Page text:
Shares of Oakville, Calif.-based winery Robert Mondavi (NASDAQ:MOND) rose more than 9% in Monday trading following the announcement that it intends to submit a plan that would eliminate its class B shares to stockholders at the company's October annual meeting.

It's a move that should win approval for at least two reasons. First, it's investor-friendly, and second, given the current state of the wine business, it may have some folks thinking that a buyout, or some other kind of transaction, is in the works. We'll discuss both angles in this story.

First things first. As noted in the company's press release, Mondavi currently has some 10.7 million class A shares outstanding. Each gets one vote. Its 6 million class B shares, meanwhile, have 10 votes each and are locked up by the Mondavi family. Should the plan go through, it would lower the family's financial interest slightly and its voting interest by more than half (to just less than 40%).

The second point follows on. Entrenched interests are frequently the bane of investors who fear that consolidated power within their companies may mean the decisive moves needed to maximize value don't happen as they should. Whether this is the case at Mondavi or not, it would be rendered effectively moot with the family's voting interest falling below 50%.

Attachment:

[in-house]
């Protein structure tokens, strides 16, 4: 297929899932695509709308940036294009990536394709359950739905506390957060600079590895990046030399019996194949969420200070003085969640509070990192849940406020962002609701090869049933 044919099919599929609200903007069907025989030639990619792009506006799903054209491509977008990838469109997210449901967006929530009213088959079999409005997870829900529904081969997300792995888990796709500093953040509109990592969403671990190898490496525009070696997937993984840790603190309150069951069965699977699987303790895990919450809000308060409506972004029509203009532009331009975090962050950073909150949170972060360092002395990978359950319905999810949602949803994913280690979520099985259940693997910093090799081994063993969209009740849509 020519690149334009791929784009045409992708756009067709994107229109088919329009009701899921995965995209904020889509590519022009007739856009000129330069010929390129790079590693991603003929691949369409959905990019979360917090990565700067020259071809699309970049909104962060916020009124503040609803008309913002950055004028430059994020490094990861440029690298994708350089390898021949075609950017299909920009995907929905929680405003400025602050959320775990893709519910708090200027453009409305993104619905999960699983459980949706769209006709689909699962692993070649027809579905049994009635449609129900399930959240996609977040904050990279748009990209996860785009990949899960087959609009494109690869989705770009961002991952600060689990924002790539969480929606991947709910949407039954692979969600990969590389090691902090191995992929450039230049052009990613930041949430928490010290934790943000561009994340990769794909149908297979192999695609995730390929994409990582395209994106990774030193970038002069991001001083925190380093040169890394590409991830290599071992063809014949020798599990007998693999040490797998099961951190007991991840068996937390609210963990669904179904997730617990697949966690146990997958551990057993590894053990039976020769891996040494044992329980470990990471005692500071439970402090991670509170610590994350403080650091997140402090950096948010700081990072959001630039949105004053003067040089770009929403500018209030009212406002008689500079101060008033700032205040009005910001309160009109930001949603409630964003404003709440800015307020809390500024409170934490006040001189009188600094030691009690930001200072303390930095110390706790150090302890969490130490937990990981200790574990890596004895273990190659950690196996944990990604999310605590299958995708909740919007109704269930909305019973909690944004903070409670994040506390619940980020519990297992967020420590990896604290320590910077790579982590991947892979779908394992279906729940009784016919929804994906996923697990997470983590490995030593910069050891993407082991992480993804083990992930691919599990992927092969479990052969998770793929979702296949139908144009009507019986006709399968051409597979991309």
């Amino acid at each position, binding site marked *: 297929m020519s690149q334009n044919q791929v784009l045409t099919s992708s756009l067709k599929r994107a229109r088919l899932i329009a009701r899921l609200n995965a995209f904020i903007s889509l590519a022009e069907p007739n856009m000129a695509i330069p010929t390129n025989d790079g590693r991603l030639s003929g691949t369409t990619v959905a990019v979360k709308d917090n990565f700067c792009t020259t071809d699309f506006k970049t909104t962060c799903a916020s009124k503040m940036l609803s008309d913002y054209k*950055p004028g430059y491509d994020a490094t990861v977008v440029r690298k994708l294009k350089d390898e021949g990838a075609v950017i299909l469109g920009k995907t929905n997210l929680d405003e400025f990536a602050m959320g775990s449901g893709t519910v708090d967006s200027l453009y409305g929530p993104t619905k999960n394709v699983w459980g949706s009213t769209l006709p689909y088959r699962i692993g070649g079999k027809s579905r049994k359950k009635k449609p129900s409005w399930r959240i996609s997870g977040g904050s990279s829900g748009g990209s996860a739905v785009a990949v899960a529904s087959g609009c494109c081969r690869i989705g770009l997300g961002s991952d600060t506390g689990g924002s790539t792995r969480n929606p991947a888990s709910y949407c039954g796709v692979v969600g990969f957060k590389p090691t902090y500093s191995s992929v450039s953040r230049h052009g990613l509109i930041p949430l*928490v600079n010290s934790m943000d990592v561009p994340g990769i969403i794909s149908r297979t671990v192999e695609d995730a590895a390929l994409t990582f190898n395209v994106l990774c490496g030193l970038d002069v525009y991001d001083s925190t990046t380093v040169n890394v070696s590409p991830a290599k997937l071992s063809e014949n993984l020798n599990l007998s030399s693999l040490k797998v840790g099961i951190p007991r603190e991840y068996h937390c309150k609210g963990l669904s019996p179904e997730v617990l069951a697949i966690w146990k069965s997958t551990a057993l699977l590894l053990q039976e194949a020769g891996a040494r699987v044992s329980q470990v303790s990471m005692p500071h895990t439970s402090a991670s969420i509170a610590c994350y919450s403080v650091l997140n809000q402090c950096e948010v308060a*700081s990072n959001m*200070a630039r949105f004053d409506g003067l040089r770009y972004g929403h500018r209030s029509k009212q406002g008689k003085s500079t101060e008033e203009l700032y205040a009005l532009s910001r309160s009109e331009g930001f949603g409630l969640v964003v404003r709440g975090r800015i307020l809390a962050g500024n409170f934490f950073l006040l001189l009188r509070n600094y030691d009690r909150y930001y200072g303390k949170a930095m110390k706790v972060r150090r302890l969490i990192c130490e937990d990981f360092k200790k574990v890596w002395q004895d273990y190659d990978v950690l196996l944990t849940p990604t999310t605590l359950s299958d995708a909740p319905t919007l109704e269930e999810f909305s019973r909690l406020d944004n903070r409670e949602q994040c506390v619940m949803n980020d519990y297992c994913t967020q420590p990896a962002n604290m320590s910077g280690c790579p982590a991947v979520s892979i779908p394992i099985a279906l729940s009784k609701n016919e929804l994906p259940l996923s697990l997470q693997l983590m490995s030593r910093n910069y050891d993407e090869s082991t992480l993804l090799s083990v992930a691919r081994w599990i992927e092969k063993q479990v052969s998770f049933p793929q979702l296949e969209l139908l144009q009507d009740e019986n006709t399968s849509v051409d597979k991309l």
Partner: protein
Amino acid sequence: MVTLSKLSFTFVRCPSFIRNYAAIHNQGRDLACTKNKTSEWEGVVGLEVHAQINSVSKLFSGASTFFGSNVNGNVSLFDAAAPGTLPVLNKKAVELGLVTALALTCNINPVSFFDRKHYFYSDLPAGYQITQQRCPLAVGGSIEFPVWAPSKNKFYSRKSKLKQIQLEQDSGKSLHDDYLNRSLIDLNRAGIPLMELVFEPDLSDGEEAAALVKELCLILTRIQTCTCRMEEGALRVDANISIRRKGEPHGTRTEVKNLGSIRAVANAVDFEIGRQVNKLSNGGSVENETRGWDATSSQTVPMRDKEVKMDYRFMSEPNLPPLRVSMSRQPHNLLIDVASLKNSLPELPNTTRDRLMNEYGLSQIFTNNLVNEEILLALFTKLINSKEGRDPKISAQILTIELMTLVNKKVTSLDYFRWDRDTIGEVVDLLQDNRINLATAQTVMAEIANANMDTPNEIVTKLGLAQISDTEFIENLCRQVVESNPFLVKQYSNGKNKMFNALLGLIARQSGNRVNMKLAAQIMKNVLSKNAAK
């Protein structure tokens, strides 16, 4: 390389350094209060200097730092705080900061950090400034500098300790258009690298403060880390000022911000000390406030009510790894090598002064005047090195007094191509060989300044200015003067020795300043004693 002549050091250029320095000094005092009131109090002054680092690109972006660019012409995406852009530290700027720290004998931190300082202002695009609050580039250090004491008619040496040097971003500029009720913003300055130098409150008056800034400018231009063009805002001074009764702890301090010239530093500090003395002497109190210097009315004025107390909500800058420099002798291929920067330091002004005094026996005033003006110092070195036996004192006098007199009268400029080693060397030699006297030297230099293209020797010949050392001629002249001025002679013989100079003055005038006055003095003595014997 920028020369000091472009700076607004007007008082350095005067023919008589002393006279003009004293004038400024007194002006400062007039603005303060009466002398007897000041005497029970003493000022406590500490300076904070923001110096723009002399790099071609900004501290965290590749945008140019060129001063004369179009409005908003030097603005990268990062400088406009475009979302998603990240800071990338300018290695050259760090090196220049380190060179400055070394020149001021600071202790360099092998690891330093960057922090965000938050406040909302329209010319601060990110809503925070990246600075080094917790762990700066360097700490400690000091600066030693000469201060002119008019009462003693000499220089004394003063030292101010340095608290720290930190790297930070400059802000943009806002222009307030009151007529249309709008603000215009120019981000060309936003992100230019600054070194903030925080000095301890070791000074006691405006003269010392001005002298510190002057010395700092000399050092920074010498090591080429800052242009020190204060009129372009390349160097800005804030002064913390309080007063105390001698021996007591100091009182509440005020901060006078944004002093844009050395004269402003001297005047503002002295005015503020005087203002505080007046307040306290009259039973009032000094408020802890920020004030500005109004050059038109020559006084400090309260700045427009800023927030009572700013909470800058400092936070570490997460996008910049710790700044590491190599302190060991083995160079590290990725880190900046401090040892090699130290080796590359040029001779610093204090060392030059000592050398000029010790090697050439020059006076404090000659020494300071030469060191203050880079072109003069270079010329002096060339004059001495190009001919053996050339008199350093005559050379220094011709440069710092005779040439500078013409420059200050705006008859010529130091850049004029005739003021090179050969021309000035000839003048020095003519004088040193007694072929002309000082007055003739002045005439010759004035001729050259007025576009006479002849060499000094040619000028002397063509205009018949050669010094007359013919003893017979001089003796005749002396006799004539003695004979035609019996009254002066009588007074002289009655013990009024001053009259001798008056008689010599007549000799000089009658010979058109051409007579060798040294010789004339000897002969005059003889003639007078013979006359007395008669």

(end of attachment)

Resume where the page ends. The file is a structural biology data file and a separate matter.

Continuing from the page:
The timing of the announcement, coupled with the news that Mondavi intends to divide its business into the lower-cost "lifestyle" and pricier "luxury" segments, can only please investors who believe one or more of the below:

  • Potential family opposition to a takeover would be removed.

  • Separating the business into distinct segments may herald a spinoff or other transaction.

  • The market, given recent news from companies such as Golden State Vintners (NASDAQ:VINT) and Chalone (NASDAQ:CHLN), is looking for deals.

But while yesterday's news is significant for investors, it shouldn't come as a total surprise. The company made a similarly investor-friendly move earlier this year in appointing "outsider" Ted Hall its nonexecutive chairman. All in all, these are signs that point to an open-minded management structure that appears to have investor interests in mind. That's not something that can always be taken for granted.

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Fool contributor Dave Marino-Nachison doesn't own any of the companies in this article.